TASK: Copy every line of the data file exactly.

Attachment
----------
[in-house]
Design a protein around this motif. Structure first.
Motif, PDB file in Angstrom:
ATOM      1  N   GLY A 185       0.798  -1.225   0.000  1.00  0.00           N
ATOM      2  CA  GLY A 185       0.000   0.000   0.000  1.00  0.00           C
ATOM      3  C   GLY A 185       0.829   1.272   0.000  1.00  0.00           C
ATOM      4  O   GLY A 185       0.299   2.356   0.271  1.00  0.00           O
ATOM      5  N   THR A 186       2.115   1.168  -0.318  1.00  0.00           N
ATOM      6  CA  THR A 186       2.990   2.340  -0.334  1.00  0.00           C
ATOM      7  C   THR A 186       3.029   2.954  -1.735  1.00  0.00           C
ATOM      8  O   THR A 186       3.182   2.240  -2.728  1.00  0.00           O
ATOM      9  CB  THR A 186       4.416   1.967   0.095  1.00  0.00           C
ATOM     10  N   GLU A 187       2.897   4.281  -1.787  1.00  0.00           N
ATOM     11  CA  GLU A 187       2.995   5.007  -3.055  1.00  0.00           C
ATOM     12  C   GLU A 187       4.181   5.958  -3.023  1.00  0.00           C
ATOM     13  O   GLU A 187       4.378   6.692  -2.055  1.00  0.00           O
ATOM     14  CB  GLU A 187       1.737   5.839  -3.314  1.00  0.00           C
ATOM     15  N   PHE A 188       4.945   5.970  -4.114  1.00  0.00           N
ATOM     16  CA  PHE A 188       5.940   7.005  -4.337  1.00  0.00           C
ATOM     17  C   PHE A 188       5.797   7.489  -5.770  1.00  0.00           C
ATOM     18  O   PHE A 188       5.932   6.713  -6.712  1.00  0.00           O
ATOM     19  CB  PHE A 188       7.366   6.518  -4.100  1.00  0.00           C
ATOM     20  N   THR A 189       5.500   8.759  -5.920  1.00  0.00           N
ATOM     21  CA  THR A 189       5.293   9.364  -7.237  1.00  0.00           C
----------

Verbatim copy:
[in-house]
Design a protein around this motif. Structure first.
Motif, PDB file in Angstrom:
ATOM      1  N   GLY A 185       0.798  -1.225   0.000  1.00  0.00           N
ATOM      2  CA  GLY A 185       0.000   0.000   0.000  1.00  0.00           C
ATOM      3  C   GLY A 185       0.829   1.272   0.000  1.00  0.00           C
ATOM      4  O   GLY A 185       0.299   2.356   0.271  1.00  0.00           O
ATOM      5  N   THR A 186       2.115   1.168  -0.318  1.00  0.00           N
ATOM      6  CA  THR A 186       2.990   2.340  -0.334  1.00  0.00           C
ATOM      7  C   THR A 186       3.029   2.954  -1.735  1.00  0.00           C
ATOM      8  O   THR A 186       3.182   2.240  -2.728  1.00  0.00           O
ATOM      9  CB  THR A 186       4.416   1.967   0.095  1.00  0.00           C
ATOM     10  N   GLU A 187       2.897   4.281  -1.787  1.00  0.00           N
ATOM     11  CA  GLU A 187       2.995   5.007  -3.055  1.00  0.00           C
ATOM     12  C   GLU A 187       4.181   5.958  -3.023  1.00  0.00           C
ATOM     13  O   GLU A 187       4.378   6.692  -2.055  1.00  0.00           O
ATOM     14  CB  GLU A 187       1.737   5.839  -3.314  1.00  0.00           C
ATOM     15  N   PHE A 188       4.945   5.970  -4.114  1.00  0.00           N
ATOM     16  CA  PHE A 188       5.940   7.005  -4.337  1.00  0.00           C
ATOM     17  C   PHE A 188       5.797   7.489  -5.770  1.00  0.00           C
ATOM     18  O   PHE A 188       5.932   6.713  -6.712  1.00  0.00           O
ATOM     19  CB  PHE A 188       7.366   6.518  -4.100  1.00  0.00           C
ATOM     20  N   THR A 189       5.500   8.759  -5.920  1.00  0.00           N
ATOM     21  CA  THR A 189       5.293   9.364  -7.237  1.00  0.00           C